Avantika’s Garden is a simple, delightful tale for children about the adventures of a sprightly menagerie of animals that live in and around a house in suburban Pune. The cast includes Sheru the dog, Shanti the peacemaker cat, Krishnamachari Yellaguri Iyengar a.k.a. Krrish the loquacious lizard, Titli the Miss Poona Butterfly aspirant. Gun Gun the queen bee, Birbal the brainy spider, and Eddie the Anglophile squirrel. Like children anywhere, they too have their fights and flights of fancy, dare to dream and try to make sense of their worlds.
Engagingly written and brimming with wit and subtle spoof, Avantika’s Garden marks the arrival of an exciting new voice in children’s writing.
Virgin Leaf Books
Year of Publication
No of Pages
A squirrel that snores, a lizard who loves to watch soap operas, a waspish queen bee and a spider who gets his eight legs tangled are among the residents of Avantika’s garden. While Avantika and her family are away on vacation, furry and feathered creatures have a free run of the garden. Children will enjoy reading this collection of short stories about the animals, their daily squabbles and life’s little pleasures.
Bijal Vachharajani, TimeOut, 5 February 2010
Avantika’s Garden is a wonderful book about the adventures of an active group of friends who live in a garden in Pune.
Individually there is a whole lot of difference between each of them but they still live together and have a great time.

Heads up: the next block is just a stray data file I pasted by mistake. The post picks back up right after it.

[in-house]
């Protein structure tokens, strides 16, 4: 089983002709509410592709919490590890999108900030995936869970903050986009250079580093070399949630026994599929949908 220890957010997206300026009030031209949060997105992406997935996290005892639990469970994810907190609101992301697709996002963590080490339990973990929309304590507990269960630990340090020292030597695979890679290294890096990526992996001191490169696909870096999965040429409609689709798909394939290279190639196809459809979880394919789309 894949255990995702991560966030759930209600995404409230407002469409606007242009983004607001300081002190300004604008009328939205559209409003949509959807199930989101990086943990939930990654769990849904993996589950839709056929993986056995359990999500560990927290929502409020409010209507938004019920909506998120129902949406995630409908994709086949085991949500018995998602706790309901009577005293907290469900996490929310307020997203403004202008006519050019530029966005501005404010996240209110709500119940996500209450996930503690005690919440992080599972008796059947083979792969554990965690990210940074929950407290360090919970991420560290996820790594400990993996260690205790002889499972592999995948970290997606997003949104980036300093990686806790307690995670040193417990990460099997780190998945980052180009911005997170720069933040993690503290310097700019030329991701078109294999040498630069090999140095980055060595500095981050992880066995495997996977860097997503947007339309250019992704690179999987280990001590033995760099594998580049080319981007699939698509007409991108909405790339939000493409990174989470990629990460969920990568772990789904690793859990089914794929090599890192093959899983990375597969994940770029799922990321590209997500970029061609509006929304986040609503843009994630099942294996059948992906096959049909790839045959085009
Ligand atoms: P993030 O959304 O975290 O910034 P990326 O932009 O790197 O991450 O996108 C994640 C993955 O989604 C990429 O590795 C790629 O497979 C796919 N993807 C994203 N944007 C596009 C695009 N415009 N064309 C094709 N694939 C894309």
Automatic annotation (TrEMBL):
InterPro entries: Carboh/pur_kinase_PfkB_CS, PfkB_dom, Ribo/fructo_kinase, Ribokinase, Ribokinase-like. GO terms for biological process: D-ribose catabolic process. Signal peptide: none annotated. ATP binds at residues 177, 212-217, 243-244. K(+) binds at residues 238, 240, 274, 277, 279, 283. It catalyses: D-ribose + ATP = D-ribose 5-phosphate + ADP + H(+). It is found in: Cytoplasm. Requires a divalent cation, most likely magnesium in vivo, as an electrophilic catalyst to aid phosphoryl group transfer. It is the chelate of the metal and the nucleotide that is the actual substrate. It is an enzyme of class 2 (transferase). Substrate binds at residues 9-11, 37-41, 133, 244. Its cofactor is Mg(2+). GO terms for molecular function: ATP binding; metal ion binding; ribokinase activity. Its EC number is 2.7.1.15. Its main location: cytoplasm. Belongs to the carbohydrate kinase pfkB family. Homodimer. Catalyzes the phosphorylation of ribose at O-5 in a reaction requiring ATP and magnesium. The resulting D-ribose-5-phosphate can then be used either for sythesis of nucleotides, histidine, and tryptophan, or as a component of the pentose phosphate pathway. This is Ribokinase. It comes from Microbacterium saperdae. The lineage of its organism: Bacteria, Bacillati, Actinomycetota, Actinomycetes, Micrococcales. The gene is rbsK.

Sheru, the dog, leads the group with his wise ideas but is also the one to face many problems. Shanti is a peacemaker cat who always solves Krish, the lizard and Birbal, the spider’s problems with her peaceful thoughts. Titli is a beautiful butterfly who aspires to be Miss Poona Butterfly and is always worried about her looks. Gun Gun is a queen bee who carries anger along with her and does not stop scolding her workers but also helps her friends with their problems by promising to sting anyone who annoys them. Lastly, Eddie is the squirrel who collects nuts and never gives up-a very hardworking squirrel indeed!
So now that you know all the characters in the book, read it to find out more about the enthusiastic lot of friends and their adventurous journey.
RobinAge, 3 December 2009
The Garden Comes Alive
“Arre, Ma!” shouted Avantika, running inside her parent’s bedroom. “Why don’t you just push all the things in the suitcase? Baba is already here with the taxi.”
Ma looked up and smiled at her eight-year old frowning impatiently at her with her hands on her hips. “Yes, beta. I’m almost done. Can you please find your sister?”
Avantika took a deep breath as she turned around on her feet. “Adu, ADU. Where are you?”
There was a giggle from under the bed. Avantika immediately got down on her knees. She could see a small figure curled up in a corner. “Adu, come out from there right now. We’re all getting late.”
There was a loud giggle and then silence once again.
“Okay then, have it your way. I’m sending a lizard inside that will crawl all over you.”
That did the trick. Advaita, Avantika’s four-year old sister, scrambled out from under the bed with a loud scream and did not stop running until she was out of the house and inside the taxi.
A few minutes later, Ma wheeled the suitcase outside and locked the front door. A golden-brown Belgian shepherd came bounding out of nowhere and almost knocked Avantika over. “Yes, yes, Sheru,” she laughed as the dog put his paws over her shoulders and slobbered all over. “I shall miss you very much too. Oh, how will I spend so many days without you?”